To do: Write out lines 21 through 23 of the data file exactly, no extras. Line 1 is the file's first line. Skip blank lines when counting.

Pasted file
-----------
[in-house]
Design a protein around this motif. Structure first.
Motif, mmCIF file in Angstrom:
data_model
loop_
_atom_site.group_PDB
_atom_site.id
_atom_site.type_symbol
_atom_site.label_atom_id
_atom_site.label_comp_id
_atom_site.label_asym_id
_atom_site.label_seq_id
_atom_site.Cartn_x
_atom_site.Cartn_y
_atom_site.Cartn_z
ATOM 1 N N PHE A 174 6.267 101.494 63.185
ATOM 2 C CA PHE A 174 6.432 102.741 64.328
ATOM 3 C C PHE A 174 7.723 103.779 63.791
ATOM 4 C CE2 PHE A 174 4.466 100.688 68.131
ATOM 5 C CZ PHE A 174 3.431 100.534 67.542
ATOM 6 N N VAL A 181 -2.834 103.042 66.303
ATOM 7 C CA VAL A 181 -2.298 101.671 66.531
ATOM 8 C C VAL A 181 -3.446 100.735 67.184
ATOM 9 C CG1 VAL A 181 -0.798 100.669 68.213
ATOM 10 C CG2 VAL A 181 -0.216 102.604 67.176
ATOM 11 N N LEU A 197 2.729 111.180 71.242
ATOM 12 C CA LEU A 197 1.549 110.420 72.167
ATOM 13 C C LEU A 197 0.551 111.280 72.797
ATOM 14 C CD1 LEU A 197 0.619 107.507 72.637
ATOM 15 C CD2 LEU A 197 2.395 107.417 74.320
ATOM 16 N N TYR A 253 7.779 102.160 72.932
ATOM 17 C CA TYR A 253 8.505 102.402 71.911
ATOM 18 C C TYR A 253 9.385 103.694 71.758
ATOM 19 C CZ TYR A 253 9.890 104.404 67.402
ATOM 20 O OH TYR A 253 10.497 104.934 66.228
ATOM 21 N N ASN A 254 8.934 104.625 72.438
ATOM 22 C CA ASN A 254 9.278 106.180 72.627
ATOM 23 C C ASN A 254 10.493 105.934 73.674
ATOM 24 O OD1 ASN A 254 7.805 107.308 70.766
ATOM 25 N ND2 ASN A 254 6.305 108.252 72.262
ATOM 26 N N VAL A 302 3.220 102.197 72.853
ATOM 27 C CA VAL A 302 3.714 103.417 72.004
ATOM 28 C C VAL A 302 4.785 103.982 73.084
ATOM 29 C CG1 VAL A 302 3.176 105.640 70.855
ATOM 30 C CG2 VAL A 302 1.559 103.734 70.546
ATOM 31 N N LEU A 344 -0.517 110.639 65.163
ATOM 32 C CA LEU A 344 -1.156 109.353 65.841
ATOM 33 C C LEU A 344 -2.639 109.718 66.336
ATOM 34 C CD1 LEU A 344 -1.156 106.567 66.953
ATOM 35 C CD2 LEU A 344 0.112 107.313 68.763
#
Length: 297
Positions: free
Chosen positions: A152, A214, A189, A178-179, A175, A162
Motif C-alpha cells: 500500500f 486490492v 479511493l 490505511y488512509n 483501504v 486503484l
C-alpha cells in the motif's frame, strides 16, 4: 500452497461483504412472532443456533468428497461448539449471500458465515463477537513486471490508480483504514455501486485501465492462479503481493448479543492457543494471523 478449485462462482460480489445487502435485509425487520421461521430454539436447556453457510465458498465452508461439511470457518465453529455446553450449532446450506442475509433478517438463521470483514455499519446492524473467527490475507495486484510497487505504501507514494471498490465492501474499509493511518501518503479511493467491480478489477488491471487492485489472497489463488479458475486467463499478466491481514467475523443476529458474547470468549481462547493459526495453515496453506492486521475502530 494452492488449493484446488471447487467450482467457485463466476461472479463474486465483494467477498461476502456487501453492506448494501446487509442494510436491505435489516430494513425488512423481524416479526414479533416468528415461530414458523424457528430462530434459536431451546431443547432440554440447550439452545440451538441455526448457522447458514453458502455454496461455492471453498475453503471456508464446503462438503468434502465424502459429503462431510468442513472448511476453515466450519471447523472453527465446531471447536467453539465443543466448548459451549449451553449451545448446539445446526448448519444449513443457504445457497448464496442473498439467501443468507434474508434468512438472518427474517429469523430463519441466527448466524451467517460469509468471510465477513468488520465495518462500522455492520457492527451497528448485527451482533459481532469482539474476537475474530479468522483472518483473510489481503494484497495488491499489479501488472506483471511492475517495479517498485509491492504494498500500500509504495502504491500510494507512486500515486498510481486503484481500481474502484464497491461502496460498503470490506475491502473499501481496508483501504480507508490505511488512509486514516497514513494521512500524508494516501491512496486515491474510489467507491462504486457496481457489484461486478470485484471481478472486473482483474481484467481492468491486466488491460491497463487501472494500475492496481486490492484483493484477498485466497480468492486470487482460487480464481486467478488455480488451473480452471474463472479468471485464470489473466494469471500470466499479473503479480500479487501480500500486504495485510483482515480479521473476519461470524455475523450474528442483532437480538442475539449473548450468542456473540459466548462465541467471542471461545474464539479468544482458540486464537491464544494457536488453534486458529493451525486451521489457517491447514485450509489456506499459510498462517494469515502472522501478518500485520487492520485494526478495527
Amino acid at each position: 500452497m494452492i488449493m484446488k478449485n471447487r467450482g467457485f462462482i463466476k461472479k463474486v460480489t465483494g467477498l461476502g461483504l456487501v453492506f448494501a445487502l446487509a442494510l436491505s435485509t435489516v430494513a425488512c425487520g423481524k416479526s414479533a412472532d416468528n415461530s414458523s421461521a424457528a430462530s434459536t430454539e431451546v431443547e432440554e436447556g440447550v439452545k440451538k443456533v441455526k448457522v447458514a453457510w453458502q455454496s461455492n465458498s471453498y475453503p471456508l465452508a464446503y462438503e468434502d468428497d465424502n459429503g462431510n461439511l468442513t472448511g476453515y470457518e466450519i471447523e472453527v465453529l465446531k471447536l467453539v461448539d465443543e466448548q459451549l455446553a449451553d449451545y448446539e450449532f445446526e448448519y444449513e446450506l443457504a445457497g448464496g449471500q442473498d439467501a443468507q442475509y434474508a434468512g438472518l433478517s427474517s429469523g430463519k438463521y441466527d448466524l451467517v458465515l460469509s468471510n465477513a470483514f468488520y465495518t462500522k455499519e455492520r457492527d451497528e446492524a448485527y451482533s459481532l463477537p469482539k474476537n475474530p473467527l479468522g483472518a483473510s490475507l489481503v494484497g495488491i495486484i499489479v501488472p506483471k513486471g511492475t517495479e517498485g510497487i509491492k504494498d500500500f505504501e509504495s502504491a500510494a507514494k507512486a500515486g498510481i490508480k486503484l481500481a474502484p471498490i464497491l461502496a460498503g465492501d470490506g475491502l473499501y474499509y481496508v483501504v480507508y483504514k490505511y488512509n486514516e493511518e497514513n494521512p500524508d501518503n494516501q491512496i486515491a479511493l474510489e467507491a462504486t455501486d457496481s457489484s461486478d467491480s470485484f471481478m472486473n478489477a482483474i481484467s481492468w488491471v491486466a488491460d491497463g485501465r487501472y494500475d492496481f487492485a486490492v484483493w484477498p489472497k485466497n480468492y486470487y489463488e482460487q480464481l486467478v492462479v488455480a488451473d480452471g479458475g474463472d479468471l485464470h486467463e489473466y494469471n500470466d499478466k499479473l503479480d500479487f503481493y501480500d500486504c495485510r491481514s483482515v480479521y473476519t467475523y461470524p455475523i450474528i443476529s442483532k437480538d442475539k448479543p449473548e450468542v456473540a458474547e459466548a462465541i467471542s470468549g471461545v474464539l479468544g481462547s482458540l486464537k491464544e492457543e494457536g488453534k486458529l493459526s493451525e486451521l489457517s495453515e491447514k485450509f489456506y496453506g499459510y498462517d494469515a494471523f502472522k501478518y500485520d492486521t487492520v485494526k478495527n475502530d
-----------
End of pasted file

ATOM 6 N N VAL A 181 -2.834 103.042 66.303
ATOM 7 C CA VAL A 181 -2.298 101.671 66.531
ATOM 8 C C VAL A 181 -3.446 100.735 67.184